It’s actually an ingenious he ingenuity of the thing: we use “party” to average University cover for all the things that student never ceases would compel judgment and to amaze me. Only some of us disapproval if we said them are engineering majors, but for real. Imagine John Q. almost all of us have little Tuitionpayer writing on MacGyver moments that Facebook, “Can’t wait for this make college life a little bit easALEX LEWIS weekend, I’m gonna get belier and a lot more fun. Sneak a ligerently drunk and hopefulTupperware into Brower ly have anonymous sex with multiple partners!” Commons on the College Avenue campus so you can That certainly wouldn’t fly. But when we substitute smuggle out a midnight snack. Hop onto any bus at the in our handy-dandy empty verb, we get: “Can’t wait Rutgers Student Center to gain a turbo boost on your for this weekend, I’m gonna party!” Brilliant. commute to Scott Hall. Take “Theater Appreciation” Talking to — This one is a little more subtle. You for an easy “A.” You know — the shortcuts. talk to many people in the course of a college day — Though most of us spend just four years on camyour friends, your professors, the soulless Public pus, these little tips and tricks accumulate and form Safety vampires who give you parking tickets. But a body of knowledge that sticks around for future even though you’re conversing with these people, generations of students. But no college trick amazes you aren’t “talking to” any of them. me more than that of the empty verb. It’s confusing, so I’ll elaborate: University students What is an empty verb, you ask? Why, it’s somesay they are “talking to” someone they’re interested thing you and I use all the time. There is actually a in romantically or physically. “Talking to” refers to collection of highly specialized vocabulary that the courtship process, but the two serves useful purposes in the life of aren’t congruent synonyms. When the average University student. These “‘Party’ is probably someone says “courtship,” it conjures words, most of them verbs, are essenimages of hand-kissing, carriages tially “stand-ins” that we use to reprethe most frequently up and inviting Mary Lou to the box sent things we would be uncomfortable saying in regular society. They utilized empty verb social. “Talking to” someone is a far cry from that antiquated picture. are standardized, so that when one of on campus.” For one, most of the “talking” is us uses them, we all tacitly acknowlconducted via text message because it edge what they’re trying to say. It’s allows for direct communication while the rhetorical equivalent of nudging maintaining that crucial layer of impersonality that someone with your elbow and winking at them. would elevate run-of-the-mill “talking” to full-fledged Here’s a brief survey of some oft-utilized empty “courtship.” And Jesus, we all know that’s the last verbs. If they’re new to you, take notes. They may thing we want. No one is looking to get married here. just save your life one day. Here’s another helpful real-world example: Partying — “Party” is probably the most freunless you dorm under a particularly thick rock, quently utilized empty verb on campus. There is no you know that last weekend was “Halloweekend” at such thing as “partying.” The word doesn’t pick out the University. Imagine that you and your friends an actual activity in which one may engage, as “runhead onto the College Avenue campus for a night of ning” or “eating” does. “partying.” All the usual costumes are well-repreIf this whole empty verb concept is still confussented: there’s your basic slutty cat, the slightly ing, here’s a quick experiment you can try at home more ambitious slutty tiger and, for those with a to get the idea. First, stand up in the middle of hearty sense of irony, the slutty slut. Your friend whatever room you’re in. Are you standing up? says he’s “talking to” the tiger. It instantly registers Good. Now, mime running. Are you jogging in in your brain that she’s off-limits. You can speak to place? Good, that’s it. Now, mime eating. Are you her, but you definitely cannot “talk” to her. raising an invisible fork to your mouth and pretendThis list is by no means exhaustive, and there are chewing? There, you’ve got it. OK, now, party. Err, many more words in our collective lexicon. So the no, wait, you’re just jumping up and down and next time you hear one of your fellow Scarlet pumping your fist. That’s dancing. I said to mime Knights mention that they are headed out to “party” partying. No, now you’re miming drinking. That’s with someone they’re “talking to,” then maybe invite another thing you do at a party, but it’s not partying them to get some “coffee” the next day and “chill,” in and of itself. Try again. OK, now you’re just fist smile. Give them a knowing glance to let them know pumping with your other hand, that’s the same as that you get their drift. You’re in the club, too. Yo the first thing. It’s still not partying. And stop fist comprendo, amigo. pumping — it’s people like you that give New Jersey a bad name. Jerk. Alex Lewis is a School of Arts and Sciences senior Now you see: “to party” is a stand-in verb to majoring in journalism and media studies and phisubstitute for other, less flowery activities that we losophy with a minor in African, Middle Eastern and don’t want to say outright. Why did we, as a colleSouth Asian languages and literatures. His column, giate community, feel the need to invent this little “La Nausée,” runs on alternate Thursdays. rhetorical veil?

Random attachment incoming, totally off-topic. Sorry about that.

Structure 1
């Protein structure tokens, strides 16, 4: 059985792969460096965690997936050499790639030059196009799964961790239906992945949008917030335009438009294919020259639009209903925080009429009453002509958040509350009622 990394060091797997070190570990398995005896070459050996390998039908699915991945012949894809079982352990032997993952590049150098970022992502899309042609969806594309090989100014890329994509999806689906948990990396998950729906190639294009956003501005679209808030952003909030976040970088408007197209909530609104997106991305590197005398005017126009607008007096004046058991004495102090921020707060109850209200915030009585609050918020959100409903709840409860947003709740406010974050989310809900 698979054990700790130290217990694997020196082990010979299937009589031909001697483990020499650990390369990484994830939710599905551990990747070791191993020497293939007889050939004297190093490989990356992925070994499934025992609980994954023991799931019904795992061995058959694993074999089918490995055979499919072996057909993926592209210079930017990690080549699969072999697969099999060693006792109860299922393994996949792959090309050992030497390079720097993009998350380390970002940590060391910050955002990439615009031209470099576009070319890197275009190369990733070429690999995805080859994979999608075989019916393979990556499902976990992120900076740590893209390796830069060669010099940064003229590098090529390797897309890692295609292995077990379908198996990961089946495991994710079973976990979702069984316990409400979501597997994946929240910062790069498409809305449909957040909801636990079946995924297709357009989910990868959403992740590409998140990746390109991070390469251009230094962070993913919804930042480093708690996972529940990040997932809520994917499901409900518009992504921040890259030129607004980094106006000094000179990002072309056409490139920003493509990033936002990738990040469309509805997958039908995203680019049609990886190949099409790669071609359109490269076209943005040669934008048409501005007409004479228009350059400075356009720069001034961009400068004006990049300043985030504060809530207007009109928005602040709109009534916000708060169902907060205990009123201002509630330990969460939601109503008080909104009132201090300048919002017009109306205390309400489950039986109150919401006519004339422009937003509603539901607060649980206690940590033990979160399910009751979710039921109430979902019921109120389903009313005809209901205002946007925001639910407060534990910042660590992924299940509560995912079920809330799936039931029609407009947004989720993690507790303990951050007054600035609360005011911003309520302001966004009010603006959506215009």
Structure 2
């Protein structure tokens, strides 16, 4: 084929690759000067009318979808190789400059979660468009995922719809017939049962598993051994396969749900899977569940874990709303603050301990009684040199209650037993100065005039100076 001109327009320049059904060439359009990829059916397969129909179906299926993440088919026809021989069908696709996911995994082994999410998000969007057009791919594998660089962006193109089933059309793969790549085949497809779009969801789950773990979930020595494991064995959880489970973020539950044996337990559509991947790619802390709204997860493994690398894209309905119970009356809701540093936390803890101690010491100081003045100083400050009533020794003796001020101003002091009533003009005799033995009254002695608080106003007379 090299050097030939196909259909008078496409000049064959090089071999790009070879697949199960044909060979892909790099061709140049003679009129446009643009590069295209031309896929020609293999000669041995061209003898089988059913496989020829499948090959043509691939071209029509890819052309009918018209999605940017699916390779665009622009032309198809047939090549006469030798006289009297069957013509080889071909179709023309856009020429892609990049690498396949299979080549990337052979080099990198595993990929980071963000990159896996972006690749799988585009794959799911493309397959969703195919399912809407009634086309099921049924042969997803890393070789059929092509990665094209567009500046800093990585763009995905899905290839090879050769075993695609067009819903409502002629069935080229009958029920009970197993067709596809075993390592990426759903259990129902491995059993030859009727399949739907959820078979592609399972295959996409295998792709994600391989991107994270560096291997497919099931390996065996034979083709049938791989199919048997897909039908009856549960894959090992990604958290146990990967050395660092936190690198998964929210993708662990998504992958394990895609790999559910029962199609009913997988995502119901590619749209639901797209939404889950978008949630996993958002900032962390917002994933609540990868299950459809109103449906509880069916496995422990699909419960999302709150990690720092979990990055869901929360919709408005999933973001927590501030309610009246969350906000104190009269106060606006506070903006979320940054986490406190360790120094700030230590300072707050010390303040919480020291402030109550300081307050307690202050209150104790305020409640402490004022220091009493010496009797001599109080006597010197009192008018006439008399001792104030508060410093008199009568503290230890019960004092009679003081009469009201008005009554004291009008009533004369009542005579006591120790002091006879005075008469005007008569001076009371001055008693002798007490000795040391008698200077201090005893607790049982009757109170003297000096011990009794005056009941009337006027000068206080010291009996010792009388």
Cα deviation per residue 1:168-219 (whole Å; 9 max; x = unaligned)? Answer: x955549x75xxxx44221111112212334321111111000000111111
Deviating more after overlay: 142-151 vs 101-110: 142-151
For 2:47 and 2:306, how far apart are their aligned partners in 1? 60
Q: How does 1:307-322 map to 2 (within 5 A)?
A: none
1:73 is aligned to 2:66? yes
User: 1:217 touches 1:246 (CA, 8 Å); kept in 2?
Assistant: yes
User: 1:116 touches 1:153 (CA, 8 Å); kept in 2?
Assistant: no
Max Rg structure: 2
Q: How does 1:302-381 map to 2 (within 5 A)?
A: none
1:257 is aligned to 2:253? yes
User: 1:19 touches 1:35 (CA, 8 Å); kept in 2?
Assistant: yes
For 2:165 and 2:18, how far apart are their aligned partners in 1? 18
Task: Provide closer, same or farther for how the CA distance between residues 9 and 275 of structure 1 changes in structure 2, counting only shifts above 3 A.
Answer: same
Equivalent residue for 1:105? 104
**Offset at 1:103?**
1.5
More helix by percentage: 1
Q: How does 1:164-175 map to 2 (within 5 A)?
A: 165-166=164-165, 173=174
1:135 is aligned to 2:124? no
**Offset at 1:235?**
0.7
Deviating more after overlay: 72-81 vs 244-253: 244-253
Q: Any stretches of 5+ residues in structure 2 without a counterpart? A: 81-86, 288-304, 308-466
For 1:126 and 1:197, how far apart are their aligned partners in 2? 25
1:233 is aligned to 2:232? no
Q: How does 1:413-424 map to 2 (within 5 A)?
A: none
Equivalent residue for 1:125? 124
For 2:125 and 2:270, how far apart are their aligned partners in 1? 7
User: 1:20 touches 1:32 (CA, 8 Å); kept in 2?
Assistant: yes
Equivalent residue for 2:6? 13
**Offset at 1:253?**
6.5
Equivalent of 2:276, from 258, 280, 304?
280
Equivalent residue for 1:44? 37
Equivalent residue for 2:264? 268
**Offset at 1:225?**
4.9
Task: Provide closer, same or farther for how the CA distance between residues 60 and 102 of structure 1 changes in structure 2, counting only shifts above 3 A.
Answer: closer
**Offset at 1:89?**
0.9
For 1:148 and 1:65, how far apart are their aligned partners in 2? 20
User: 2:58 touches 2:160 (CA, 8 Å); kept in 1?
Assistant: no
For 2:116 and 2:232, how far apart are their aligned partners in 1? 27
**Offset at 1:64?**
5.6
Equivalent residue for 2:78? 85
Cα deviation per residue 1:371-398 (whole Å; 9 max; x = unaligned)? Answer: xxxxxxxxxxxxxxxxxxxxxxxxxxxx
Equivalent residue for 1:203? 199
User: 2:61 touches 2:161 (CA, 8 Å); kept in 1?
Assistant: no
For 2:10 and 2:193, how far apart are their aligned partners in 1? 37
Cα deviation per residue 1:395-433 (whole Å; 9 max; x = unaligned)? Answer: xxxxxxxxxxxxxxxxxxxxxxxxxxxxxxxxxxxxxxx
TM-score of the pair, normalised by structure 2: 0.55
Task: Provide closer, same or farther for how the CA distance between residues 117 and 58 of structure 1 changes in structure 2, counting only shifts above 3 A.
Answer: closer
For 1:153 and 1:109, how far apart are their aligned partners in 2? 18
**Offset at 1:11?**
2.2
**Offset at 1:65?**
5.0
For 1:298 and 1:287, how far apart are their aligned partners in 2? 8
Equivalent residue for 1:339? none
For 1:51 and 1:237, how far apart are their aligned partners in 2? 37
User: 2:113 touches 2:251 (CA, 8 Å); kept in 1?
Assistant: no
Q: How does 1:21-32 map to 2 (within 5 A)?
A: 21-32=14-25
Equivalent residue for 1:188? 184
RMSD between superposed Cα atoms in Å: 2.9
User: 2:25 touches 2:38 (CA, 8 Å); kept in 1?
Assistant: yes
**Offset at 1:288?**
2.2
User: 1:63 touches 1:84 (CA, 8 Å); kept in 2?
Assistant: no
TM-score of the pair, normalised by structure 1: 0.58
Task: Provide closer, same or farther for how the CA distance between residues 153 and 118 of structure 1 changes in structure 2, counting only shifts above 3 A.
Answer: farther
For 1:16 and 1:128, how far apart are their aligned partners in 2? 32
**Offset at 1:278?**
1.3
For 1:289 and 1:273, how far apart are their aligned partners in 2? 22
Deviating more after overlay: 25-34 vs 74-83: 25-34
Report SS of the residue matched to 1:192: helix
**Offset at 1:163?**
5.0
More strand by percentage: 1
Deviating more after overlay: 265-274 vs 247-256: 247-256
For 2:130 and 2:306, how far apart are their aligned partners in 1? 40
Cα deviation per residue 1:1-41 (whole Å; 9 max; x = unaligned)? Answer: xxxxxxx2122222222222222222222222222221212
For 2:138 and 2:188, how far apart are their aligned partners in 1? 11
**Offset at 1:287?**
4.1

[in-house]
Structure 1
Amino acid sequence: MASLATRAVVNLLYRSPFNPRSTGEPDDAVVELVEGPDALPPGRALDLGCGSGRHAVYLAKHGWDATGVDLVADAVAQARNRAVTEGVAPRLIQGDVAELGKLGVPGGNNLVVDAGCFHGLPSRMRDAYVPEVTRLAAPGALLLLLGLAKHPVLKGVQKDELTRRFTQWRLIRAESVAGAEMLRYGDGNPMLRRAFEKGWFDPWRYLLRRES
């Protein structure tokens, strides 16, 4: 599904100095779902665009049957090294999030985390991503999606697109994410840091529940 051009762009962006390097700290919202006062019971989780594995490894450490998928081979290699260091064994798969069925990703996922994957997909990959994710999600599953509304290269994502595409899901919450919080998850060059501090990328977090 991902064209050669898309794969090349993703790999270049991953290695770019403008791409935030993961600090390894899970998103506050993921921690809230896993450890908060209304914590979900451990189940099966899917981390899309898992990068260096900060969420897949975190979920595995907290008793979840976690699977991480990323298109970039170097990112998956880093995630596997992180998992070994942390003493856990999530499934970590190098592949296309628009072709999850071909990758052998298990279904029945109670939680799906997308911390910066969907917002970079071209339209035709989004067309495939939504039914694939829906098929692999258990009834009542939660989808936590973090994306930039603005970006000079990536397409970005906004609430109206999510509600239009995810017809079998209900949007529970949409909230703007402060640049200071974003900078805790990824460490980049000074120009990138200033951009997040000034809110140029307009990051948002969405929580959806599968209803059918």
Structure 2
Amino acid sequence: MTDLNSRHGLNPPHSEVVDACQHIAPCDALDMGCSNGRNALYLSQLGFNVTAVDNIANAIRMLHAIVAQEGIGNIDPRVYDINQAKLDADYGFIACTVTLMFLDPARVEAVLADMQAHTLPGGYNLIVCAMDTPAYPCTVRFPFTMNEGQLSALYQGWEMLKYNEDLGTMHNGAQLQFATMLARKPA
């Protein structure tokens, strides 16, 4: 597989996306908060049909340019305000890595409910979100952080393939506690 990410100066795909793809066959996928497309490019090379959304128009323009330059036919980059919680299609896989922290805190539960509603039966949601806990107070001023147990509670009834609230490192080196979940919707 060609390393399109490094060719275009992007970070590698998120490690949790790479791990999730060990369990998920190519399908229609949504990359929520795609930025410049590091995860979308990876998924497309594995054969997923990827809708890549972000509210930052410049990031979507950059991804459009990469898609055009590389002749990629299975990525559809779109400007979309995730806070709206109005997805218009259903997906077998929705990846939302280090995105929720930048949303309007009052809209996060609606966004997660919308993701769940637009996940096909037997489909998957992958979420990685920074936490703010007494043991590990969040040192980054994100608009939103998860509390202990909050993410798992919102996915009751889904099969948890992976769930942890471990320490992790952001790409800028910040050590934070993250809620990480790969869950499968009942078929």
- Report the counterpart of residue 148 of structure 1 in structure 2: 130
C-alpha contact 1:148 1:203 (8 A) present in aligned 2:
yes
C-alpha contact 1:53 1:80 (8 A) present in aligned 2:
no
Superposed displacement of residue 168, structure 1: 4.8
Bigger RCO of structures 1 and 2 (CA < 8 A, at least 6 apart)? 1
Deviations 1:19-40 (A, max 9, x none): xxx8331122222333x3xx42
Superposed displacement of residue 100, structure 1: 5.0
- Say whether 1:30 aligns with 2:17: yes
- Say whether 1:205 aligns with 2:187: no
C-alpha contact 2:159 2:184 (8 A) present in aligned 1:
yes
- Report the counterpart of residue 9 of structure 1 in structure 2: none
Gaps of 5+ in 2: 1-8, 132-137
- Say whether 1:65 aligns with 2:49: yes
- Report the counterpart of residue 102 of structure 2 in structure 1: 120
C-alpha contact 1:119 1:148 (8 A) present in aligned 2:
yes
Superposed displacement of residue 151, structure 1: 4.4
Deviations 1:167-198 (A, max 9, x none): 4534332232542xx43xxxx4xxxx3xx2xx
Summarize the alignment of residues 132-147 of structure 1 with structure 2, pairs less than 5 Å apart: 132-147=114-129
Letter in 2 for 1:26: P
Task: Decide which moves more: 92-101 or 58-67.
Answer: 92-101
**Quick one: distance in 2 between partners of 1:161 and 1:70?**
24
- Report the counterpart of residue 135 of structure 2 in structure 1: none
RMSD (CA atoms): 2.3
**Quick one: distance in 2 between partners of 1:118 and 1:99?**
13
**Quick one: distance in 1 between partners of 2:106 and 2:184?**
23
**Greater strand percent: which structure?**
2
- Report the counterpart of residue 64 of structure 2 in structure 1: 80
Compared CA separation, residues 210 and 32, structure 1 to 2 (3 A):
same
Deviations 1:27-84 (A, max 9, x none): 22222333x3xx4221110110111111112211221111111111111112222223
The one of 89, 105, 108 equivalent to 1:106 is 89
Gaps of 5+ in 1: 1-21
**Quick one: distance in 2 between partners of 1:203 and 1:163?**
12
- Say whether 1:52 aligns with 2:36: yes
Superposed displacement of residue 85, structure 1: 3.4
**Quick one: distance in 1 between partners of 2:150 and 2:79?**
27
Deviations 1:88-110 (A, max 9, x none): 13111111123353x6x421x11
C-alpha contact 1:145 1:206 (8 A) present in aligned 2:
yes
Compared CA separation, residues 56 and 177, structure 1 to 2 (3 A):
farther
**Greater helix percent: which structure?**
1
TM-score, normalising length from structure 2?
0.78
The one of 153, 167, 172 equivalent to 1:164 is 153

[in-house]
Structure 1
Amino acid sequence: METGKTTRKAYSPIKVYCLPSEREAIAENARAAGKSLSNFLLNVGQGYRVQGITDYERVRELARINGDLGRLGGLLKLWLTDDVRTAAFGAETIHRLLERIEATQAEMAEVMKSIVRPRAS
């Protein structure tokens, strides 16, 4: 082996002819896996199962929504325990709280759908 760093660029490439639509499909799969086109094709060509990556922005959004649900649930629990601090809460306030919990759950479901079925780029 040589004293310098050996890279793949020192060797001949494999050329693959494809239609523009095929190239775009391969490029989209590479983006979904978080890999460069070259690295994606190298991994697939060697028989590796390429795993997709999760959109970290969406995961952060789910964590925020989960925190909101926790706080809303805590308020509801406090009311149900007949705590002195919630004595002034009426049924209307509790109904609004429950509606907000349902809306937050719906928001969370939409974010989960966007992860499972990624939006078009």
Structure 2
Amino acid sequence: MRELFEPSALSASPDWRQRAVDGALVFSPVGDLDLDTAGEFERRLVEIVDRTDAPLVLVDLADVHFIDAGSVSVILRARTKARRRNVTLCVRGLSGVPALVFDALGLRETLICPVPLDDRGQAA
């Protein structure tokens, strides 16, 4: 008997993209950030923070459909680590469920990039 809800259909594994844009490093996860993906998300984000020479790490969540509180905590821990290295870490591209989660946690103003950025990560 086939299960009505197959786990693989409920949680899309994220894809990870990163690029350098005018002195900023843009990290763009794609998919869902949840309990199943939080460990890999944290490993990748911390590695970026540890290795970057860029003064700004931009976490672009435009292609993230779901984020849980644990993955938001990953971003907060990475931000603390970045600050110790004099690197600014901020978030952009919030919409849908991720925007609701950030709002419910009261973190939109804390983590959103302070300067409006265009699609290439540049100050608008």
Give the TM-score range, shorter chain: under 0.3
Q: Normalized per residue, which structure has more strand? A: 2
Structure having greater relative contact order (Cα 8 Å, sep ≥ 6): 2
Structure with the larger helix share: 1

La Nausée